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THE PONTINE MARSHES.

It is announced, from the Continent, that the French have succeeded in draining the Pontine Marshes; a pestilential nuisance which has subsisted for so many centuries, in the vicinity of Rome, in defiance of every attempt of the ancient imperial, as well as of the papal government. This district, once so healthy and so populous, and at length again reclaimed, is said to afford a disposeable quantity of 150,000 acres of excellent land. The means adopted are not, nor perhaps can be, clearly stated in a short notice. That the engineers have improved the line, regulated the falls, enlarged the water ways, secured the embankments, sluices, and other works; and no doubt employed the powers of steam to facilitate their general and particular labours--may be concluded from the science and activity of a people, too long employed in the works of destruction. To works like the present every friend to humanity must join in wishing success and duration.

COMPARATIVE STRENGTH OF THE DIFFERENT NAVAL POWERS.

[From the European Magazine. ]

British NavAL FORCE.-At sea, 79 ships of the line ; nine from 50 to 44 guns—122 frigates-77 sloops and yachts—4 bombs, &c.--161 brigs-54 cutters—52 schooners, &c.In port and fitting, 30 of the line-11 from 50 to 44 guns-29 frigates—18 sloops_4 bombs, &c.—86 brigs-6 cutters—11 schooners, &c.--Hospital ships, prison ships, &c. 28 of the line-2 from 50 to 44-2 frigates-1 yacht.Ordinary and repairing for service, 77 of the line-10 from 50 to 44 guns-70 frigates--37 sloops~-3 bombs-11 brigs -1 cutter-2 schooners.-Building, 29 of the line-4 from 50 to 44 guns-12 frigates—5 sloops, &c.--3 brigs. Making a grand total of 1545 vessels.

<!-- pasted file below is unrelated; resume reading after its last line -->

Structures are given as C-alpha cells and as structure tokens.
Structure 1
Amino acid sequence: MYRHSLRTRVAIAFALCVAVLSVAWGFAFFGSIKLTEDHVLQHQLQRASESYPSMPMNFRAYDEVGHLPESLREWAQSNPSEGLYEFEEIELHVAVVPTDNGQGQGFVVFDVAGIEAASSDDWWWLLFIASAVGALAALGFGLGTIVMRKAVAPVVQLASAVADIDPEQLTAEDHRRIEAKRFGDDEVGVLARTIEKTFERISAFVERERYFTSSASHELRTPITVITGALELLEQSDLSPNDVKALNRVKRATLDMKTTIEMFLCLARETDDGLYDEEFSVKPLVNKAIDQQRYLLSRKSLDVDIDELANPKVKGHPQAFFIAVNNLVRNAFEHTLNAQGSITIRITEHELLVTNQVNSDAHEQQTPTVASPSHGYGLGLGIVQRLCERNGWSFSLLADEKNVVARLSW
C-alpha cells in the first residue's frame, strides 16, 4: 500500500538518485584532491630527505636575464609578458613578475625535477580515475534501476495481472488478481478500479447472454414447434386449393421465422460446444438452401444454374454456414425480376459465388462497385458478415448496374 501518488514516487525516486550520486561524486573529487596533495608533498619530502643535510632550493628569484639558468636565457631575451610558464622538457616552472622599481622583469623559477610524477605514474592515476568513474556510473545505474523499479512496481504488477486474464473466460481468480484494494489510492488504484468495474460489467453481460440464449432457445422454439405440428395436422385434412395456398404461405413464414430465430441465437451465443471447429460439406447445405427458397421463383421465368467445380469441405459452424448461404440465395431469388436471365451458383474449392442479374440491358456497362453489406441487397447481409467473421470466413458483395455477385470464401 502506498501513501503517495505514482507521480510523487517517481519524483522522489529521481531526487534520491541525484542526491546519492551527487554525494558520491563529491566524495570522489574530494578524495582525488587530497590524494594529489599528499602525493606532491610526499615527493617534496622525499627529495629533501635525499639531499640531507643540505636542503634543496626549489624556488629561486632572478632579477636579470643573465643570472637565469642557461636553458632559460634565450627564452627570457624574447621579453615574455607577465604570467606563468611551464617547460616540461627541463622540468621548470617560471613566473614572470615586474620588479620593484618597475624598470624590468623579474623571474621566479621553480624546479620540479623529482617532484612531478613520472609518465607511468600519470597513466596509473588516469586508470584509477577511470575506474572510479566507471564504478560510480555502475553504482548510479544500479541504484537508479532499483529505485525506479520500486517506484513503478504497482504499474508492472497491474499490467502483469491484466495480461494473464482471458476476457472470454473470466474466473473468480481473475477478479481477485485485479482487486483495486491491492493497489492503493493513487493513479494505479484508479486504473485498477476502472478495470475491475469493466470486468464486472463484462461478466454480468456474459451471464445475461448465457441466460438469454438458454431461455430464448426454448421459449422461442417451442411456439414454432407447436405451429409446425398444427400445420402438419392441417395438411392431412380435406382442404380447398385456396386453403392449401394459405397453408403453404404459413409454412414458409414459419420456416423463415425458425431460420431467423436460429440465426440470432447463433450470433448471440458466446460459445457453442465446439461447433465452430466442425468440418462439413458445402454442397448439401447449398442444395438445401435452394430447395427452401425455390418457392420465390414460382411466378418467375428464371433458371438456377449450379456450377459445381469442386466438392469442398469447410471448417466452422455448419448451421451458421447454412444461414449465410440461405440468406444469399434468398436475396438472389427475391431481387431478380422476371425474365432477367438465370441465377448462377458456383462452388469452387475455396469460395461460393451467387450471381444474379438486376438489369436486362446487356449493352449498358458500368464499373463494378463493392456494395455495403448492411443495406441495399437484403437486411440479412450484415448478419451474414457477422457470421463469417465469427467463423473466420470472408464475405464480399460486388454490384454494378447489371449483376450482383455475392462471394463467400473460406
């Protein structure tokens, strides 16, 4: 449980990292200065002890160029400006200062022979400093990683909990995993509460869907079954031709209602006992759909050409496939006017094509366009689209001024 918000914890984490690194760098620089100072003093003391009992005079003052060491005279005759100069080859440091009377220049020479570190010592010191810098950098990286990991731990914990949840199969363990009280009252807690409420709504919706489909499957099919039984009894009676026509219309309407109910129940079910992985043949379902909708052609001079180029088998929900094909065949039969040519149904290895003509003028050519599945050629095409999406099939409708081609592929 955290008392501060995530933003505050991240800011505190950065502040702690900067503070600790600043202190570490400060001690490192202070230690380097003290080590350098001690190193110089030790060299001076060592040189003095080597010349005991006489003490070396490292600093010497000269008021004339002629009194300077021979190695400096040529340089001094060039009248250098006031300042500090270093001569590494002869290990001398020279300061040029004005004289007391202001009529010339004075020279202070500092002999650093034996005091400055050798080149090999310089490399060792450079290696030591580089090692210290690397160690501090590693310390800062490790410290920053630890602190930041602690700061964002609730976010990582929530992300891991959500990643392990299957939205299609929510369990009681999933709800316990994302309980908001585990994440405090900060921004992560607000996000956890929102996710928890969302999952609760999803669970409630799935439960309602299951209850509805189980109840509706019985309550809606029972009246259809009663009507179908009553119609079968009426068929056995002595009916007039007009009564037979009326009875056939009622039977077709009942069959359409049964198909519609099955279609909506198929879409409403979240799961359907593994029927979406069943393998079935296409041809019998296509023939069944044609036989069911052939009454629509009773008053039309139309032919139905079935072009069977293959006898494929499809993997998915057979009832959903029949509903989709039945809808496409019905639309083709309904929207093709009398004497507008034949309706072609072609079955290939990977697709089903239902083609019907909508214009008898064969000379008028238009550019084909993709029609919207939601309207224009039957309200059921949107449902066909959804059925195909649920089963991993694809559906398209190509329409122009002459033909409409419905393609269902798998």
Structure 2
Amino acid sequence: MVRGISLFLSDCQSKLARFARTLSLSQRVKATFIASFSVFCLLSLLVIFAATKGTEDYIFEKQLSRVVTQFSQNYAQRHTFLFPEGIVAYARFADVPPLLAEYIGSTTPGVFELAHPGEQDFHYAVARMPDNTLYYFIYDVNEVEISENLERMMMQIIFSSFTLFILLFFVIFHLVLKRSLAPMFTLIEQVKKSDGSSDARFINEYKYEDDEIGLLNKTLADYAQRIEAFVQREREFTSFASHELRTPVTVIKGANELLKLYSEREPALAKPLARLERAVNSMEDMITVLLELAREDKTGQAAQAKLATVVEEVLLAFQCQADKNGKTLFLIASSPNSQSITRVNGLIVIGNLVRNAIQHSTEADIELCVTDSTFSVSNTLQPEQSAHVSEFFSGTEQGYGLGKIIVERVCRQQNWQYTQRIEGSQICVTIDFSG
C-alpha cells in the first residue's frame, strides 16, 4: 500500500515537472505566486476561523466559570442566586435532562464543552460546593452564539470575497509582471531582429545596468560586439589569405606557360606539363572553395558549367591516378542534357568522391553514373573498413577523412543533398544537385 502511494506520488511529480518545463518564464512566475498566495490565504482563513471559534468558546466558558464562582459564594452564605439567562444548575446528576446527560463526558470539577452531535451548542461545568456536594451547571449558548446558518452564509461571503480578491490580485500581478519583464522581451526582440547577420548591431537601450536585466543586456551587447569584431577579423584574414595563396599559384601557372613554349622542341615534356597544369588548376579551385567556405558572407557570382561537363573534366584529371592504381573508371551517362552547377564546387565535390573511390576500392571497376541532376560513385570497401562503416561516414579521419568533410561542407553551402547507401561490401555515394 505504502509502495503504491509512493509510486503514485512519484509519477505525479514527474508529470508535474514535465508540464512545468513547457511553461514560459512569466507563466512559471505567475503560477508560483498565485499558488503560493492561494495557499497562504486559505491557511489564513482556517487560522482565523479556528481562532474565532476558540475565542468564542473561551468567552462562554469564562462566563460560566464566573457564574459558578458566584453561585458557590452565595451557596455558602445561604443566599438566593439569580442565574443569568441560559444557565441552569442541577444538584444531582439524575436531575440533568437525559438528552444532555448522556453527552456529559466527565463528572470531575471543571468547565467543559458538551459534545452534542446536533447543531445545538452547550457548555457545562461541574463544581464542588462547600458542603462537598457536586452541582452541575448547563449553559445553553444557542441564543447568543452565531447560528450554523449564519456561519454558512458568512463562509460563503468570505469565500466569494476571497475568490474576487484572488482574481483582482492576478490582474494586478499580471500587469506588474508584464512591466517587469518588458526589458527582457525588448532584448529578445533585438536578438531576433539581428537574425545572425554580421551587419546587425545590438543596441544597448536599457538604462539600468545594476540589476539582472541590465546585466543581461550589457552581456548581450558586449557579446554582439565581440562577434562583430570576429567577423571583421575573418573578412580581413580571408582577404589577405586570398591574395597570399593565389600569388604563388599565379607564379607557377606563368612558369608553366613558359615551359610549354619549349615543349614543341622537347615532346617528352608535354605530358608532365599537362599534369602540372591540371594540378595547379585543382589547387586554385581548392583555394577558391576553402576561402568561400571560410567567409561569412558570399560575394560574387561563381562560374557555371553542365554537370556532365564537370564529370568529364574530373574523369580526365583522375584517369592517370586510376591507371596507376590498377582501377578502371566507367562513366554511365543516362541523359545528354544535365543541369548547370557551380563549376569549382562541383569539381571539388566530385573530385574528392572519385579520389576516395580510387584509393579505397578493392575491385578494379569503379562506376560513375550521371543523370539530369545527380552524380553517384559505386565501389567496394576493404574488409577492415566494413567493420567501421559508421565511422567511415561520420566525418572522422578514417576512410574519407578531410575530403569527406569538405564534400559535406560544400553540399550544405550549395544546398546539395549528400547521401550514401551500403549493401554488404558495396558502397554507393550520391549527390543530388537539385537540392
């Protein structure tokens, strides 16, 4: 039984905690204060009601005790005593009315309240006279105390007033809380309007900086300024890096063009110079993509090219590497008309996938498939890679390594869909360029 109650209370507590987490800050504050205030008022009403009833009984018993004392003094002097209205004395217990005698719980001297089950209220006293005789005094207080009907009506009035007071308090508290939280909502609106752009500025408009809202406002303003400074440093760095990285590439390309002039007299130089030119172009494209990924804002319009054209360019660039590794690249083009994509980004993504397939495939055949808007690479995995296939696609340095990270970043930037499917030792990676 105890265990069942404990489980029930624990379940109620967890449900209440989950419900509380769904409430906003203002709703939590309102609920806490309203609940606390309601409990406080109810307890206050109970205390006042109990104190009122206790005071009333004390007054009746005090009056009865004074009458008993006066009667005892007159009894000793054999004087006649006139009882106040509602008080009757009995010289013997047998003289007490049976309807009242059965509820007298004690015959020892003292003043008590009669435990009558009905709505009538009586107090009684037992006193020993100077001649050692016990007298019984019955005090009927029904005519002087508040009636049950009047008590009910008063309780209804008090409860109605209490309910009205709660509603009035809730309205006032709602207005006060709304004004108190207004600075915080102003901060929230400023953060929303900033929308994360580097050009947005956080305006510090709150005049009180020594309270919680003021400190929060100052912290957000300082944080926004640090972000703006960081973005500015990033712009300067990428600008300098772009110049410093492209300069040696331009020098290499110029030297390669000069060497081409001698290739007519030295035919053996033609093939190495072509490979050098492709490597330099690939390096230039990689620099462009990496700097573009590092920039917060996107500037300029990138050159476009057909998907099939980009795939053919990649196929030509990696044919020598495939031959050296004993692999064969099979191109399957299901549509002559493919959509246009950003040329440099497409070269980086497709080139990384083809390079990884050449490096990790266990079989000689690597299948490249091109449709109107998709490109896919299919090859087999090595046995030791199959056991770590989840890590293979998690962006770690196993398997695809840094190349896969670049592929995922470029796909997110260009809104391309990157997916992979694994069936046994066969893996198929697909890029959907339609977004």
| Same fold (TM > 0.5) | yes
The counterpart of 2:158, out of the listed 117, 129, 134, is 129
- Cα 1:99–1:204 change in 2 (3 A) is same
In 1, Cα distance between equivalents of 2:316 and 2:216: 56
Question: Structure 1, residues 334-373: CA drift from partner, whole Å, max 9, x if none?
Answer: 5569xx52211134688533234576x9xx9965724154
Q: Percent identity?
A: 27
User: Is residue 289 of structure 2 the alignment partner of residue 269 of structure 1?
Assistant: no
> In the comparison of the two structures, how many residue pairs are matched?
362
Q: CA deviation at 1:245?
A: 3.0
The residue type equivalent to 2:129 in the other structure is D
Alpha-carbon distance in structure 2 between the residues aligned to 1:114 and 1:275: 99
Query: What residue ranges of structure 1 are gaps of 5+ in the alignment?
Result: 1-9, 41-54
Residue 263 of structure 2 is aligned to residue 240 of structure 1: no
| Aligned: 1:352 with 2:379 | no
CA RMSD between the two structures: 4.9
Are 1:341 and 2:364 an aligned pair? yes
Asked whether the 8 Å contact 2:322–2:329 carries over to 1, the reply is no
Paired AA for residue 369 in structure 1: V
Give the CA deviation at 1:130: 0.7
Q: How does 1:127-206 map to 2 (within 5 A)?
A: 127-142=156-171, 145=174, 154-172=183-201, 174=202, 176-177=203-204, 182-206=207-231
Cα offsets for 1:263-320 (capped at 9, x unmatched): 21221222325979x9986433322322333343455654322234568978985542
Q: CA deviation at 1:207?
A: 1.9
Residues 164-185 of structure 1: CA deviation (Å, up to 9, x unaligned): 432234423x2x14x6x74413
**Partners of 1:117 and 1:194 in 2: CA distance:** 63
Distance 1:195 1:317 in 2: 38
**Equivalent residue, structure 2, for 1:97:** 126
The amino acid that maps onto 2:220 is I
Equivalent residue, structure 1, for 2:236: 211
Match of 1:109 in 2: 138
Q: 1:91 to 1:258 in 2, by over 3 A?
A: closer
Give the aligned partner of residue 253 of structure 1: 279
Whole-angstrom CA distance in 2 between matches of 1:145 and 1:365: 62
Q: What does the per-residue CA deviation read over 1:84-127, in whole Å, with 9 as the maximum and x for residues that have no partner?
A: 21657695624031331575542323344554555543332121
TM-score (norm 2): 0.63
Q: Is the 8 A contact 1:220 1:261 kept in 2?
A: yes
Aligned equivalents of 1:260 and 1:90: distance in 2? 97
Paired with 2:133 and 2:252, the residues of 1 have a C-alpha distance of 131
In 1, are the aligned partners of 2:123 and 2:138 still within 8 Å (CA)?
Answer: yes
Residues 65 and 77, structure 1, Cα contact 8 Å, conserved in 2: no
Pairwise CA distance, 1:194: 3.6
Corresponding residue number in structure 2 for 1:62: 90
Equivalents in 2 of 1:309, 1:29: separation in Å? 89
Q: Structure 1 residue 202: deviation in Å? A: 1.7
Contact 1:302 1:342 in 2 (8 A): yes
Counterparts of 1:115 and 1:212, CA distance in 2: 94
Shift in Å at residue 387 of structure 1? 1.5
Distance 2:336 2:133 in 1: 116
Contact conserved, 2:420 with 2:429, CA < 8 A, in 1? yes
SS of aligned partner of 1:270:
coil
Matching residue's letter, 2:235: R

RUSSIAN Navy.-53 sail of the line-34 frigates 59 cutters, brigs, &c.--smaller vessels, 226, carrying in all 4,428 pieces of cannon.-In this estimate are included ships of every class and condition, from a first-rate to a gun-brig ; those that are building, under repair, and laid up in ordinary as unserviceable, as well as those that are in commission, and fit for immediate service.

SWEDISH NAVY.-The Swedish fleet consists of 12 sail of the li ne, eight frigates, besides cutters, gun-boats, &c. and there are two ships of the line and three frigates building.

PORTUGUESE NAVY.-The Portuguese have eight sail of the line, three frigates, and four sloops, at the Brazils.-At Lisbon there are some ships of war, but they are chiefly unfit for service.

DANISH Navy.--The present naval force of Denmark consists of four ships of the line, two frigates, and about 120 gun-boats. There are two ships of the line and three frigates on the stocks. Their maritime operations are chiefly carried on by flotillas of gun-brigs, which carry heavy metal, are well manned, maneuvred, and fought; and, in a calm, are formidable even to ships of war.

UNITED STATES Navy.—The republican navy, at present, consists of the following frigates :-Constitution, 44, Captain Hull; United States, 44, Captain Decatur ; President, 44, Commodore Rogers; Chesapeake, 36; New-York, 36; Constellation, 36, Captain Bainbridge; Congress, 36, Captain Smith; Boston, 32; Essex, 32, Captain Porter; Macedonian, (late British,) 38; the John Adams corvette ; Hornet sloop, of 16 guns ; Syren, Argus, and Oneida brigs, of 16 guns; Vixen, Enterprise, and Viper schooners, of 12 guns ; 170 gun-boats, stationed at New Orleans; and the Vengeance, Ætna, Vesuvius, and Spitfire bombs.